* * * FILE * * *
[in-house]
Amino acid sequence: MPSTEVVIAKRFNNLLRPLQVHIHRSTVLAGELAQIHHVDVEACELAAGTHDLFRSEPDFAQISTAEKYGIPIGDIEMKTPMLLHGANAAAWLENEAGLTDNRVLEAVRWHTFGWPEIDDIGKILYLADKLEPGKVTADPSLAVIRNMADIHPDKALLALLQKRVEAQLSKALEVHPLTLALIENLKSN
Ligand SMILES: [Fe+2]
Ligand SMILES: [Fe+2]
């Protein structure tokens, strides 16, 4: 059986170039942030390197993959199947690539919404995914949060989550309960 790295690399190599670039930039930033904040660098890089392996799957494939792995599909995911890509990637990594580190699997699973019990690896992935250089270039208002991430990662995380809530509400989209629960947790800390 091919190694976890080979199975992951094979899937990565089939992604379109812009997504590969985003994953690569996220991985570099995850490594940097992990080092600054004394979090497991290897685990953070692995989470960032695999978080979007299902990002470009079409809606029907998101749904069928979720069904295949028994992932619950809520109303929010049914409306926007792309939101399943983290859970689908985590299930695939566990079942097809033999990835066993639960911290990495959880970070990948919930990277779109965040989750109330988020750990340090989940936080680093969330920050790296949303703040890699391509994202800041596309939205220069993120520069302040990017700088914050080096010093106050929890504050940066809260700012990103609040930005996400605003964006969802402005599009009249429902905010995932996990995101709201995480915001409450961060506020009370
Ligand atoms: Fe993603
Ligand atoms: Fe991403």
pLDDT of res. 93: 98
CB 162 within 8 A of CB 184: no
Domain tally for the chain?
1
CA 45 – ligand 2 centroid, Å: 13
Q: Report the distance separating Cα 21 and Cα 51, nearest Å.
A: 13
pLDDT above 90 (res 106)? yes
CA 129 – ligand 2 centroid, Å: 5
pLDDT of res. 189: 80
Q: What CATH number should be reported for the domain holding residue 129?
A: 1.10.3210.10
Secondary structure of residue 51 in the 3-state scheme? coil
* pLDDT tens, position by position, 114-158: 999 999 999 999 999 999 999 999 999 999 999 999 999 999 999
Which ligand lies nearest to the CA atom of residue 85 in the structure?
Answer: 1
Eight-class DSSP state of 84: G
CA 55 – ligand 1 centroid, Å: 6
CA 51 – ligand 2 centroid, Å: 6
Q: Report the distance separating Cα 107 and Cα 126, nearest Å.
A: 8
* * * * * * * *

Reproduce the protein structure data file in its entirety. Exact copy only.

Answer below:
[in-house]
Amino acid sequence: MPSTEVVIAKRFNNLLRPLQVHIHRSTVLAGELAQIHHVDVEACELAAGTHDLFRSEPDFAQISTAEKYGIPIGDIEMKTPMLLHGANAAAWLENEAGLTDNRVLEAVRWHTFGWPEIDDIGKILYLADKLEPGKVTADPSLAVIRNMADIHPDKALLALLQKRVEAQLSKALEVHPLTLALIENLKSN
Ligand SMILES: [Fe+2]
Ligand SMILES: [Fe+2]
């Protein structure tokens, strides 16, 4: 059986170039942030390197993959199947690539919404995914949060989550309960 790295690399190599670039930039930033904040660098890089392996799957494939792995599909995911890509990637990594580190699997699973019990690896992935250089270039208002991430990662995380809530509400989209629960947790800390 091919190694976890080979199975992951094979899937990565089939992604379109812009997504590969985003994953690569996220991985570099995850490594940097992990080092600054004394979090497991290897685990953070692995989470960032695999978080979007299902990002470009079409809606029907998101749904069928979720069904295949028994992932619950809520109303929010049914409306926007792309939101399943983290859970689908985590299930695939566990079942097809033999990835066993639960911290990495959880970070990948919930990277779109965040989750109330988020750990340090989940936080680093969330920050790296949303703040890699391509994202800041596309939205220069993120520069302040990017700088914050080096010093106050929890504050940066809260700012990103609040930005996400605003964006969802402005599009009249429902905010995932996990995101709201995480915001409450961060506020009370
Ligand atoms: Fe993603
Ligand atoms: Fe991403």
pLDDT of res. 93: 98
CB 162 within 8 A of CB 184: no
Domain tally for the chain?
1
CA 45 – ligand 2 centroid, Å: 13
Q: Report the distance separating Cα 21 and Cα 51, nearest Å.
A: 13
pLDDT above 90 (res 106)? yes
CA 129 – ligand 2 centroid, Å: 5
pLDDT of res. 189: 80
Q: What CATH number should be reported for the domain holding residue 129?
A: 1.10.3210.10
Secondary structure of residue 51 in the 3-state scheme? coil
* pLDDT tens, position by position, 114-158: 999 999 999 999 999 999 999 999 999 999 999 999 999 999 999
Which ligand lies nearest to the CA atom of residue 85 in the structure?
Answer: 1
Eight-class DSSP state of 84: G
CA 55 – ligand 1 centroid, Å: 6
CA 51 – ligand 2 centroid, Å: 6
Q: Report the distance separating Cα 107 and Cα 126, nearest Å.
A: 8